A Victorian Christmas

The Countess of Harleigh mystery series begins in AHollypril of 1899, just as the year’s social season begins. Book two in the series takes place in July, at the end of the season when the social whirl has died down. Book 3 revolves around a country house party in October, and the book I’m working on now takes the characters back to London in November of the same year. I don’t have any plans at the moment for a Christmas setting for Frances and her friends to solve a crime, but I can tell you how the characters will be celebrating the season.

Many of our Christmas traditions have their origins in the Victorian era. The Christmas tree was introduced to England by Prince Albert in 1841. When the Illustrated London News published a picture of the royal Christmas tree in 1848, it became a must for every Victorian household. By the 1880s wagon loads of trees were brought into London to fill the demand from the city dwellers. illustrated-christmas-PP_7611-001

Frances would definitely have a Christmas tree in her drawing room, lavishly decorated with glass and wire ornaments, candles, fruits and nuts, and decorations she made herself from bits of silk, feathers, and ribbon.

Though Frances doesn’t have a piano, she, Aunt Hetty, and Rose would still be singing the popular Christmas carols while they decorated the house with holly and mistletoe. In the evenings carol singers and musicians would stop by the houses along Chester Street to serenade, hoping for a hot drink and a contribution for their charity.

Christmas eve Aunt Hetty might read aloud from Mr. Dickens’ A Christmas Carol, after which Rose would hang a stocking at the end of her bed, hoping Father Christmas will fill it with treats.antique_ornaments3

On Christmas day, George would join the household to exchange gifts. Fires would crackle in the fireplaces. Candles would glow on the tree, and the house would be filled with the aroma of Christmas dinner, complete with roast turkey, cranberry sauce, Christmas punch, and flaming plum pudding. Once the feast was finished, they’d move the celebration on to the homes of their friends and the revels wouldn’t end until late in the night!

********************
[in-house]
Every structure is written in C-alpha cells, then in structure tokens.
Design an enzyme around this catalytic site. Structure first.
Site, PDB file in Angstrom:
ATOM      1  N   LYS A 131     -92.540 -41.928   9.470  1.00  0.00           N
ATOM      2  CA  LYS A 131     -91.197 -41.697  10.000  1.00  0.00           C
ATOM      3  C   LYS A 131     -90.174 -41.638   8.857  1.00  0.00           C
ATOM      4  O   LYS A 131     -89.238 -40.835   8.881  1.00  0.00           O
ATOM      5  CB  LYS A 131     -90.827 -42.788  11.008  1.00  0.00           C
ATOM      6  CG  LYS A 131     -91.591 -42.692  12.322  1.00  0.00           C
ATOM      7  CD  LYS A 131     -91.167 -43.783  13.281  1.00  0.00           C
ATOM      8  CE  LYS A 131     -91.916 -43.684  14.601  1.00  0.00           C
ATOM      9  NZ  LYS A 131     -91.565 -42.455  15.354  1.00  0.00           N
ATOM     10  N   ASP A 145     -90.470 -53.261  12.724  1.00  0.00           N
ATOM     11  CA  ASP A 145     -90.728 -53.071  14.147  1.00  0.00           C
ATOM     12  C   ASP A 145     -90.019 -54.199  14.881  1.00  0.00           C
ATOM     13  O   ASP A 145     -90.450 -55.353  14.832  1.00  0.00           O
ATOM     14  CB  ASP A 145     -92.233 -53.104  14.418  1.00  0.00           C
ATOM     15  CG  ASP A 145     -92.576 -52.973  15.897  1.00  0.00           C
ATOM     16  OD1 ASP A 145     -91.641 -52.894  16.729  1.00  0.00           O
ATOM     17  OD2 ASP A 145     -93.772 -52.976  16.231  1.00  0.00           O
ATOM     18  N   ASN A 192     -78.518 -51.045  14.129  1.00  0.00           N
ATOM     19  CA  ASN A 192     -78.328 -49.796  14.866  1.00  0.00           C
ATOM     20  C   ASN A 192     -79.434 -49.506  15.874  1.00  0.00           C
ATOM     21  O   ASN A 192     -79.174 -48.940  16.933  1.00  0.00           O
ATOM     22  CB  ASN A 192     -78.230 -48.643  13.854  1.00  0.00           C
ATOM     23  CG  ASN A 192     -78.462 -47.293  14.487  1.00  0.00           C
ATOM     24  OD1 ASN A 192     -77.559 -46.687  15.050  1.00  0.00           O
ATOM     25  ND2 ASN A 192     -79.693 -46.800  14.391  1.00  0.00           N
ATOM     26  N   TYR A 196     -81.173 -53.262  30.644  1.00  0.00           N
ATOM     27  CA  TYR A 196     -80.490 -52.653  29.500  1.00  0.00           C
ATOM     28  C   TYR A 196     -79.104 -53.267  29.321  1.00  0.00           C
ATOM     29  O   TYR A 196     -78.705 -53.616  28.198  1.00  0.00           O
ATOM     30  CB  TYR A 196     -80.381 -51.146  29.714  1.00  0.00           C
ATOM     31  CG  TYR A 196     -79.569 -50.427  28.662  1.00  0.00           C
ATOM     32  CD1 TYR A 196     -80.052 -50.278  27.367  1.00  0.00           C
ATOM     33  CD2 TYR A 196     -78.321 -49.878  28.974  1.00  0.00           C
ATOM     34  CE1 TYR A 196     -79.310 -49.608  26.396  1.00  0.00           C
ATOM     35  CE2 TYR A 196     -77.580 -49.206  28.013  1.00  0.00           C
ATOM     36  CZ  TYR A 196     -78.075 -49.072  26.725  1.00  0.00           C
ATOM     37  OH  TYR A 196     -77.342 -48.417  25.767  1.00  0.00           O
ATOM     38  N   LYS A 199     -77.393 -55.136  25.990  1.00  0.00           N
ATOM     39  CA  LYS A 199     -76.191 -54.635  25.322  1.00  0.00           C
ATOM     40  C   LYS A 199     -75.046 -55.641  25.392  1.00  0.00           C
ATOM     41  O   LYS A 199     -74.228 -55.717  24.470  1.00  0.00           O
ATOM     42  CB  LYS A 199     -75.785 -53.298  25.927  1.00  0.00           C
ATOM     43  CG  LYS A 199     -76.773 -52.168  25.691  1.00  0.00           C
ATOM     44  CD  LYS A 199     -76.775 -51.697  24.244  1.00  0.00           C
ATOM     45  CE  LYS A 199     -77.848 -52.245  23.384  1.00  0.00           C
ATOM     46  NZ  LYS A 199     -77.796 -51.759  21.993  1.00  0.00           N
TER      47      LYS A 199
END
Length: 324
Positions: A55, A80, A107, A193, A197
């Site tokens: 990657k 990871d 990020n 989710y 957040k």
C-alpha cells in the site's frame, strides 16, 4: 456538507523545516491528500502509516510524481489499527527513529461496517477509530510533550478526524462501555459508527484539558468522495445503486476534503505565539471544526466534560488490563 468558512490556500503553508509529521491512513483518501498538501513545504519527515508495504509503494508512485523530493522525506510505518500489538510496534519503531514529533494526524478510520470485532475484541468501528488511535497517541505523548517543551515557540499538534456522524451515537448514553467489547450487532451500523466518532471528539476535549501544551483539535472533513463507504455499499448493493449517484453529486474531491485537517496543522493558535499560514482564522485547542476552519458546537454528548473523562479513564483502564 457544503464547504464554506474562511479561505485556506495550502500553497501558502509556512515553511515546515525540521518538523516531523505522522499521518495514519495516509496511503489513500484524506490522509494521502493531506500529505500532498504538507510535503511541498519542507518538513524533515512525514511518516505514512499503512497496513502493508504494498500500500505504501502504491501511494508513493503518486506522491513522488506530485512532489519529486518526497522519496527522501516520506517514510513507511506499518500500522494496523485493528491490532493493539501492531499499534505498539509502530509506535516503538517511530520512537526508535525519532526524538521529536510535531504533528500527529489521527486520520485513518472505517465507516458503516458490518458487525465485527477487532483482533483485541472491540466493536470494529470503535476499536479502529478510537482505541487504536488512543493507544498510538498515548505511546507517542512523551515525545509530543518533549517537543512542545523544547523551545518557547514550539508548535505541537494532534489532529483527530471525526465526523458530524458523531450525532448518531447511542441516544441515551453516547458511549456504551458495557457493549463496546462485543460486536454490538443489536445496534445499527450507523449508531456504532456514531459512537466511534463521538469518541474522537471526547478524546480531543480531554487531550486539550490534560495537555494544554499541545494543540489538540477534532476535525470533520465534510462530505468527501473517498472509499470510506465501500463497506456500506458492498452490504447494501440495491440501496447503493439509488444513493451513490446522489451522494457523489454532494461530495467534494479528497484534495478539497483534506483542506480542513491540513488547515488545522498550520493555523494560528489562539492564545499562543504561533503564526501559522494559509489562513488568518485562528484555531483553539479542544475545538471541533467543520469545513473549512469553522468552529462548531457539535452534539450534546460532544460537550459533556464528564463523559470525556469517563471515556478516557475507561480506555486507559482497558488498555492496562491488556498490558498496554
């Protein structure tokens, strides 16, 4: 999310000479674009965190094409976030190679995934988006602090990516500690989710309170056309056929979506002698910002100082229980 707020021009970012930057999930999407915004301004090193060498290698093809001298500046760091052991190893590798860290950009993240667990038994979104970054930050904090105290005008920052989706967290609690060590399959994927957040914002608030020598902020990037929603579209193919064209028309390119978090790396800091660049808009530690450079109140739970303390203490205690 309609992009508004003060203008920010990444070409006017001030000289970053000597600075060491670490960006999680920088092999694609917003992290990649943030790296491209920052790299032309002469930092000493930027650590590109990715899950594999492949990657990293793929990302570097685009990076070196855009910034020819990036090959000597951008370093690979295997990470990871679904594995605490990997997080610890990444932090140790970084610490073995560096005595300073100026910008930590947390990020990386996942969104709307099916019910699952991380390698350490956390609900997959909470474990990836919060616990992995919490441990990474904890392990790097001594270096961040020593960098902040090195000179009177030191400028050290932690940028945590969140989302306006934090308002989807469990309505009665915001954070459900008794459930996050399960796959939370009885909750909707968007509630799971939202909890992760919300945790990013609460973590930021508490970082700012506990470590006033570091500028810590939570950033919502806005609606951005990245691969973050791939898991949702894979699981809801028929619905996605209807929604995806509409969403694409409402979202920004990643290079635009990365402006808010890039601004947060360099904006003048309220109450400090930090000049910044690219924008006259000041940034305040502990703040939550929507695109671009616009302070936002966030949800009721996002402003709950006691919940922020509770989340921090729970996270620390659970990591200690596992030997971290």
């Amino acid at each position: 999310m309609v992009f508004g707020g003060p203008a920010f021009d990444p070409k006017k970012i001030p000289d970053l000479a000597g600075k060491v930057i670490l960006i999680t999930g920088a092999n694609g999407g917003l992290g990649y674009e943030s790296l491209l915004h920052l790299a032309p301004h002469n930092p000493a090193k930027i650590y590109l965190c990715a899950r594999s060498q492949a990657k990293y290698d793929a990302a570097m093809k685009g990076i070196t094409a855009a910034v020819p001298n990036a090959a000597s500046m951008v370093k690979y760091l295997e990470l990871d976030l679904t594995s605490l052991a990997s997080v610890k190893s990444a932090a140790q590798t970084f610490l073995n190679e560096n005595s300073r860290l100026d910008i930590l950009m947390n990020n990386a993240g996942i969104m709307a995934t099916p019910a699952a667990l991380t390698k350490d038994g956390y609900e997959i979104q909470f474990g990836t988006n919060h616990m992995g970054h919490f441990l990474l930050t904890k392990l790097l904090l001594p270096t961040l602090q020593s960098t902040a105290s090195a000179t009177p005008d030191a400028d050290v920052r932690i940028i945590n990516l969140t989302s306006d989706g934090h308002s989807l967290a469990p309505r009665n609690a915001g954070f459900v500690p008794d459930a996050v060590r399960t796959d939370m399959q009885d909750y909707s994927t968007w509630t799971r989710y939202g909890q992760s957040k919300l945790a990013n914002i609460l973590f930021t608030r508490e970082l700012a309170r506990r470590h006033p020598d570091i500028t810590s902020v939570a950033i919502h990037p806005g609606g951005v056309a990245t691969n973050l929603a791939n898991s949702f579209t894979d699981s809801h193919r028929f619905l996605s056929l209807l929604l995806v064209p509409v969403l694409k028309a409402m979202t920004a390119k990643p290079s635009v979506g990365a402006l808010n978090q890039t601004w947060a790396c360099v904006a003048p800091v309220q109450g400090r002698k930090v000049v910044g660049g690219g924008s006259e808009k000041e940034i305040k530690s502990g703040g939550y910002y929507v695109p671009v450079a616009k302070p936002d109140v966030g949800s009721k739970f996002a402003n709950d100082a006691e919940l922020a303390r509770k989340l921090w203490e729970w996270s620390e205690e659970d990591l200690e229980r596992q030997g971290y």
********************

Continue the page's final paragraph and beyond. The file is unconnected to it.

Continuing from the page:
This is how I see my characters spending their Christmas holiday. However you celebrate and whatever holiday you celebrate, I hope you enjoy it to the fullest, and may you all have a happy and healthy new year!

This entry was posted in Countess of Harleigh Mysteries, Historical fiction, Uncategorized and tagged , , . Bookmark the permalink.

2 Responses to A Victorian Christmas

  1. For thousands of years people around the world have enjoyed midwinter festivals. With the arrival of Christianity, pagan festivals became mixed with Christmas celebrations. One of the leftovers from these pagan days is the custom of bedecking houses and churches with evergreen plants like mistletoe, holly and ivy. Apparently, as well as their magical connection in protecting us from evil spirits, they also encourage the return of spring. No era in history however, has influenced the way in which we celebrate Christmas, quite as much as the Victorians.

    Liked by 1 person

  2. They did, particularly in bringing children into the festivities. Prior to the Victorians, it was largely an adult celebration.


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